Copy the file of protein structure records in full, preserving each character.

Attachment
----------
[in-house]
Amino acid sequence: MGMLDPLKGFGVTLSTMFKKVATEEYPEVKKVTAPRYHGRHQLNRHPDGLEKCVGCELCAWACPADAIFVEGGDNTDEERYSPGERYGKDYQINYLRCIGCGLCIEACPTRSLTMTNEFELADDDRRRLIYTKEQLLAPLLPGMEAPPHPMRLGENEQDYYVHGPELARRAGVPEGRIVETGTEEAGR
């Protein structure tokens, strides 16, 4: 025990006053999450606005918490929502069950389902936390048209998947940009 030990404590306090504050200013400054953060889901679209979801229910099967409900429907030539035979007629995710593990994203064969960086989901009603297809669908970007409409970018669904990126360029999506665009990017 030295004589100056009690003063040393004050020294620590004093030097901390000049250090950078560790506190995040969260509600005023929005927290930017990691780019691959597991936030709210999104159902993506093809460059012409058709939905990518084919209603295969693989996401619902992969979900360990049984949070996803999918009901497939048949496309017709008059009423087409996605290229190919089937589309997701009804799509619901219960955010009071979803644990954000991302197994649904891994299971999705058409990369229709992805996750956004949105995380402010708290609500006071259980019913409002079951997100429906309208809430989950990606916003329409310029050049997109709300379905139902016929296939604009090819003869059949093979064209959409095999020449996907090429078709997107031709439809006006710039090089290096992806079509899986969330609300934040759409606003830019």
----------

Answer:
[in-house]
Amino acid sequence: MGMLDPLKGFGVTLSTMFKKVATEEYPEVKKVTAPRYHGRHQLNRHPDGLEKCVGCELCAWACPADAIFVEGGDNTDEERYSPGERYGKDYQINYLRCIGCGLCIEACPTRSLTMTNEFELADDDRRRLIYTKEQLLAPLLPGMEAPPHPMRLGENEQDYYVHGPELARRAGVPEGRIVETGTEEAGR
């Protein structure tokens, strides 16, 4: 025990006053999450606005918490929502069950389902936390048209998947940009 030990404590306090504050200013400054953060889901679209979801229910099967409900429907030539035979007629995710593990994203064969960086989901009603297809669908970007409409970018669904990126360029999506665009990017 030295004589100056009690003063040393004050020294620590004093030097901390000049250090950078560790506190995040969260509600005023929005927290930017990691780019691959597991936030709210999104159902993506093809460059012409058709939905990518084919209603295969693989996401619902992969979900360990049984949070996803999918009901497939048949496309017709008059009423087409996605290229190919089937589309997701009804799509619901219960955010009071979803644990954000991302197994649904891994299971999705058409990369229709992805996750956004949105995380402010708290609500006071259980019913409002079951997100429906309208809430989950990606916003329409310029050049997109709300379905139902016929296939604009090819003869059949093979064209959409095999020449996907090429078709997107031709439809006006710039090089290096992806079509899986969330609300934040759409606003830019």